Listen, I know a little about writing (not just rants like this.) I’m an admin for a highly successful online writer’s group. I am a published author. I also write an odd little semi-popular blog.

I know more than a little about teens. In my blog I cover issues about teens and suicide, bullying, depression, being an outsider and all sorts of problems. I also write about the wonderful and amazing goodness of teens – including their music and culture and humor. Yes, teens are funny. I love teens. That is one of the reason I write a parenting blog.

I also write about Vampires. Yes, my daughter has a shirt printed with the words “My mom blogs about Vampires.” I’ve written a fair amount on the blog and I have to admit that some of it is pretty good (passable.) But this isn’t about me.

A while back I heard an interview of the author Stephen King. He was talking about how when he was a kid he was fascinated by crime and serial killers and other unsavory things. That is exactly how it is with my daughter. She read about things she finds awful but fascinating. One day she hopes to be a Psychologist specializing in teens and tweens with mental illness. Just like Stephen King, she is starting early in her research.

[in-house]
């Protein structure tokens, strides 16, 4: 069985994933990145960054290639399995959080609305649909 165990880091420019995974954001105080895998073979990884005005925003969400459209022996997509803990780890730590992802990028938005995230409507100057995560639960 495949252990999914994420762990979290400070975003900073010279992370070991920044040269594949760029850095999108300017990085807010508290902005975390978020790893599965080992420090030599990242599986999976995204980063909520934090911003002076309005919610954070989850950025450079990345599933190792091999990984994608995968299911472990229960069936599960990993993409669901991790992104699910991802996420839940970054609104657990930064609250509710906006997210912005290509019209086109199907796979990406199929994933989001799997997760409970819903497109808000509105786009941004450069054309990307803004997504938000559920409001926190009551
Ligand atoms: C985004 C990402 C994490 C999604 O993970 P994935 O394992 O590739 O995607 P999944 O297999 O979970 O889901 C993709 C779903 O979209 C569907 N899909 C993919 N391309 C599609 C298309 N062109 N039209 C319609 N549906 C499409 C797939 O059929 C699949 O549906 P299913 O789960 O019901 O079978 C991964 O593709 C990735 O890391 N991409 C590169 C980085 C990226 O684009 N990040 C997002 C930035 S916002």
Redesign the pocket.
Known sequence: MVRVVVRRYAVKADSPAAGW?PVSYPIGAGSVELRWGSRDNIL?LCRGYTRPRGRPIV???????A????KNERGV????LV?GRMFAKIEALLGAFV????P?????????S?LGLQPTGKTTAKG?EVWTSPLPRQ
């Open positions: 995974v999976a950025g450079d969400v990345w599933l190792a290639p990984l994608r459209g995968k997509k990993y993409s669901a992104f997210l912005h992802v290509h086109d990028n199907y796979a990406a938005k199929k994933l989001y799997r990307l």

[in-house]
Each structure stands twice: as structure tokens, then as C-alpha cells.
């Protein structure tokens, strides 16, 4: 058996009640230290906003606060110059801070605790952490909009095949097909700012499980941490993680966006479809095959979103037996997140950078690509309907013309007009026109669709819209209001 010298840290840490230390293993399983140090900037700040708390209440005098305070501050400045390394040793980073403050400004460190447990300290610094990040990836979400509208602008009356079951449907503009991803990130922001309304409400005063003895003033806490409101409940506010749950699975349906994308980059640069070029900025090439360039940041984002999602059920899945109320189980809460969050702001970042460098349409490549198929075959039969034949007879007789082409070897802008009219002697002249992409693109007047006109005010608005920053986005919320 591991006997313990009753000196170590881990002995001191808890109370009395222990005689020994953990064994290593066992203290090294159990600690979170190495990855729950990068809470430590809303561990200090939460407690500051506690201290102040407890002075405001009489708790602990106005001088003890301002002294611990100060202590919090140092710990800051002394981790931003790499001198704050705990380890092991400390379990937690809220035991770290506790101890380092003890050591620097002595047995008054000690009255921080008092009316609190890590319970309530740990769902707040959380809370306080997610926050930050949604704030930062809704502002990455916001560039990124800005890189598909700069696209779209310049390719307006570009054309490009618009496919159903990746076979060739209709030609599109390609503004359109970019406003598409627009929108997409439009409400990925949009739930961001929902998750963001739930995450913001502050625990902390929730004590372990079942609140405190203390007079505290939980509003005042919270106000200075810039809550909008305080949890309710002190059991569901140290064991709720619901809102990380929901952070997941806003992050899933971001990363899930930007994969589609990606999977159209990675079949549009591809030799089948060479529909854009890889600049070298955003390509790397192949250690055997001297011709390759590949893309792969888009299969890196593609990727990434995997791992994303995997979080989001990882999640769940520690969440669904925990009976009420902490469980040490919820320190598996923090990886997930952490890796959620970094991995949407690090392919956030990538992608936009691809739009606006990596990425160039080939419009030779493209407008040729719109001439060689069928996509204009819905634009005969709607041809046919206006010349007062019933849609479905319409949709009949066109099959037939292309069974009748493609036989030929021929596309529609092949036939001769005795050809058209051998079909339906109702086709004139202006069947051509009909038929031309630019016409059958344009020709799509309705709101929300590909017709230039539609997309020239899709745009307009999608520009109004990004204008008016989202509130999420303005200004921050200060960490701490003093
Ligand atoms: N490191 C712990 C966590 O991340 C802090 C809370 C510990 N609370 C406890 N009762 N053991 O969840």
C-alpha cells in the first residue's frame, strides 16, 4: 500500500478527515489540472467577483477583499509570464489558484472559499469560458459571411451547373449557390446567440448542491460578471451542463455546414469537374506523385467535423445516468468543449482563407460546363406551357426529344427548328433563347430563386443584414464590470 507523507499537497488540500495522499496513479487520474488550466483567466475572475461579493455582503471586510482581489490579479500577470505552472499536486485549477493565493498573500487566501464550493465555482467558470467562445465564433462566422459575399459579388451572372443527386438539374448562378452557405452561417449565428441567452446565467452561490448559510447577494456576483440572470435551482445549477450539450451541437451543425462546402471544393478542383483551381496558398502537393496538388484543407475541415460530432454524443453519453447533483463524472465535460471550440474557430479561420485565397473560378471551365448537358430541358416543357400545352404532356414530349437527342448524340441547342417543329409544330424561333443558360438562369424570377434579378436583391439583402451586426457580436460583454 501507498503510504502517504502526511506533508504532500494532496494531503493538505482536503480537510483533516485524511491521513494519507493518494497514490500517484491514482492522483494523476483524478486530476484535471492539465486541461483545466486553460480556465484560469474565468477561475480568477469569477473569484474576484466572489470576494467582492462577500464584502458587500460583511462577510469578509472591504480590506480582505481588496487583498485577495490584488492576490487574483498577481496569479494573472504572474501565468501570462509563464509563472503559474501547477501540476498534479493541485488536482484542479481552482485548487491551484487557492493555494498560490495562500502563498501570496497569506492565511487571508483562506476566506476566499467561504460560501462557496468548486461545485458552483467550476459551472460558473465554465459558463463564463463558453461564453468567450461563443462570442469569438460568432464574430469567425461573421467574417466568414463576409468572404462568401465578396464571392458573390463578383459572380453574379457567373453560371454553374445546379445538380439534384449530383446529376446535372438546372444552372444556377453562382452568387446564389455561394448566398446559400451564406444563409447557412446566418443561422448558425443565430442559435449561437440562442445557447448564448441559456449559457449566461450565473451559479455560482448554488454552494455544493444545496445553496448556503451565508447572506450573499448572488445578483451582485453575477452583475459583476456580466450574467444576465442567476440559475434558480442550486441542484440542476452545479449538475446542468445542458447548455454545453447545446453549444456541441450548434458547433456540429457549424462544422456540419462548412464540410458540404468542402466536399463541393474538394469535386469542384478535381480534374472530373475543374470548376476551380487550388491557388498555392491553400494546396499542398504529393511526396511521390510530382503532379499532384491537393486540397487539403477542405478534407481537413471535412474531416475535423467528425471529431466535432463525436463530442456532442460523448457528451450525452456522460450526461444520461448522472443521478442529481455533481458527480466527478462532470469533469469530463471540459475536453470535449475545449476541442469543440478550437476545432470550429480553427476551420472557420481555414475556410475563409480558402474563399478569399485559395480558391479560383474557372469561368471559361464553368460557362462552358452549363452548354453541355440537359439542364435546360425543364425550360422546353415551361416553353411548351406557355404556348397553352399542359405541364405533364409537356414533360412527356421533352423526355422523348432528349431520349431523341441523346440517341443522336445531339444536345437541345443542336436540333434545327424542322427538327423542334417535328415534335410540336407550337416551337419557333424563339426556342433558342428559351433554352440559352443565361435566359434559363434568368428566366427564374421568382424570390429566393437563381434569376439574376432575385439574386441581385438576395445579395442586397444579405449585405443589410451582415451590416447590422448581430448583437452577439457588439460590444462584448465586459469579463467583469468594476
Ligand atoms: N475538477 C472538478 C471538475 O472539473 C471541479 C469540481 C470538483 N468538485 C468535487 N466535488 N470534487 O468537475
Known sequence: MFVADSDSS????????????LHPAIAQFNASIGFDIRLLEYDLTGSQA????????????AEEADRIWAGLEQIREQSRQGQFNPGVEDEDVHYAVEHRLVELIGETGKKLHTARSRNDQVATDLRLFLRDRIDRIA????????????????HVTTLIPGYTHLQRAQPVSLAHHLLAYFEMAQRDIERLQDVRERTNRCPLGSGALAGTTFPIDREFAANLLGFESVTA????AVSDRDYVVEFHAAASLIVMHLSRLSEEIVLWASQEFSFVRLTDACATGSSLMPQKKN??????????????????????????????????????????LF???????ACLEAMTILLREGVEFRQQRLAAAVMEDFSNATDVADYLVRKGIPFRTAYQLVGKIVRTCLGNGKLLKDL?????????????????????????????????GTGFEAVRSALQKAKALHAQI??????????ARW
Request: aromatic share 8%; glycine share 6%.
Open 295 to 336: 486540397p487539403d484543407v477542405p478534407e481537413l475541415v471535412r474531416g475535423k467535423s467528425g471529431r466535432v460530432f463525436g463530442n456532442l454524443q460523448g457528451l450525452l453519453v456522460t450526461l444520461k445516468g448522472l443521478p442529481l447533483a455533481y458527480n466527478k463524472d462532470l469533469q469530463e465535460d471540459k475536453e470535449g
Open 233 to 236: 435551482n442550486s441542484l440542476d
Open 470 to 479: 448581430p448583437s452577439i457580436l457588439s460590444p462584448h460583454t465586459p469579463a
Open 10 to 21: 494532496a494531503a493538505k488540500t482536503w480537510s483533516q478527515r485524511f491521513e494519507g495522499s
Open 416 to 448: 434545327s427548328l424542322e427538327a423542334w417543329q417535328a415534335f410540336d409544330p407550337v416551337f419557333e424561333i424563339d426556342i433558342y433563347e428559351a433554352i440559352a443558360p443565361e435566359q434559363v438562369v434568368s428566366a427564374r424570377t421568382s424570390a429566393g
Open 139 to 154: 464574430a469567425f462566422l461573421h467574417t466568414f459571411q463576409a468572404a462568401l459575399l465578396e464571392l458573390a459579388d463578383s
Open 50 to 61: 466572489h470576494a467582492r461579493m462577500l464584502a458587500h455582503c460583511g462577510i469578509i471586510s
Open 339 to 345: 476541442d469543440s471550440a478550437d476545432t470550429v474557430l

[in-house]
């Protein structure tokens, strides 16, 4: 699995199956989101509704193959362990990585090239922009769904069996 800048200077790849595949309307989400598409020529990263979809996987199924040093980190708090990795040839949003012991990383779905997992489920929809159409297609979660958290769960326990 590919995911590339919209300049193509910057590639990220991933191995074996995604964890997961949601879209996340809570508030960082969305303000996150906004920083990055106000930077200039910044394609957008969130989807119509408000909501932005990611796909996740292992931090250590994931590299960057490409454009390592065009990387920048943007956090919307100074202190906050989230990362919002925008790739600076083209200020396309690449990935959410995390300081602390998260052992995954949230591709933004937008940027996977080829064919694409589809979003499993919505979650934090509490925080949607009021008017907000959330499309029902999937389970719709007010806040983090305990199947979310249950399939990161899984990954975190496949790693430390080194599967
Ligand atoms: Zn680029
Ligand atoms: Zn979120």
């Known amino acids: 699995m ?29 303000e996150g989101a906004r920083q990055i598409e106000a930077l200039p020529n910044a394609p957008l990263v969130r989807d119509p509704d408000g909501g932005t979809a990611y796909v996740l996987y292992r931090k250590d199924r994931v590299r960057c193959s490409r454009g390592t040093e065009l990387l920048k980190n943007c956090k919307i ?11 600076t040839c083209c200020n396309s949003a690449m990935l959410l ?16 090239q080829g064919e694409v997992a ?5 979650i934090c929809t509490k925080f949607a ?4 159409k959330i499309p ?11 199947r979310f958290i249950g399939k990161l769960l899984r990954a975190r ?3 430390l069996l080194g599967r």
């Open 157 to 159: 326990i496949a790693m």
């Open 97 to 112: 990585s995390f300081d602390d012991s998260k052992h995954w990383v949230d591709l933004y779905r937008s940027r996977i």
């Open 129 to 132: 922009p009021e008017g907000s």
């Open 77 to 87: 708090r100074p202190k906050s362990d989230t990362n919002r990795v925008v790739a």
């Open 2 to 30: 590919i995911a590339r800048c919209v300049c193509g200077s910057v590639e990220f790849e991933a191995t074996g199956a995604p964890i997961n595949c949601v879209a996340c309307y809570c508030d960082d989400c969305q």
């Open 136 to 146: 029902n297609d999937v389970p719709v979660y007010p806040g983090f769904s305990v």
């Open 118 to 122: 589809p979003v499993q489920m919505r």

I told my child to bring in Travels with Charley by John Steinbeck or The Crystal Singer by Ann McCaffrey so you won’t worry too much. She said she wants to read Of Mice and Men – one of my favorites but another dark story that doesn’t end well.

So anyway….

Today my daughter is wearing a yellow shirt, blue jeans and maroon shoes. Her necklace is a manatee picture on a bottle cap. On the way to school we talked about Obama Care, the drought and roller skating. We talked about how neither one of us like Little Women. And she told me that she loved me then laughed about some lame joke I made to her.

No black today. I want to tell you not to worry about her, but that wouldn’t be true. Thank you for worrying about my daughter and showing concern. Thank you for showing concern to all of the kids, because I know you do.

Your students have NO IDEA that you are going into more or less a battle zone five days a week for five periods a day. Your job isn’t easy. Dealing with kids (including the shit heads in your class who throw books, call you the “C” word and don’t care about schools) isn’t easy.

That said, you have at least one student, my child, who talks to her parents and tells us about school and about her frustrations and daily battles to get through it. She cares about school. It might not always show but she really cares. Just like it might not always show that you care – but I’m glad I found out that you do.

Once again, THANK YOU for caring enough to say something. Thank you for noticing.

Thank you for being brave enough to teach Freshman English in a public high school.


~ Juliette aka Vampire Maman

Be it the click of the metal keys or the click of a computer keyboard...I will write.

Be it the click of the metal keys or the click of a computer keyboard…I will write.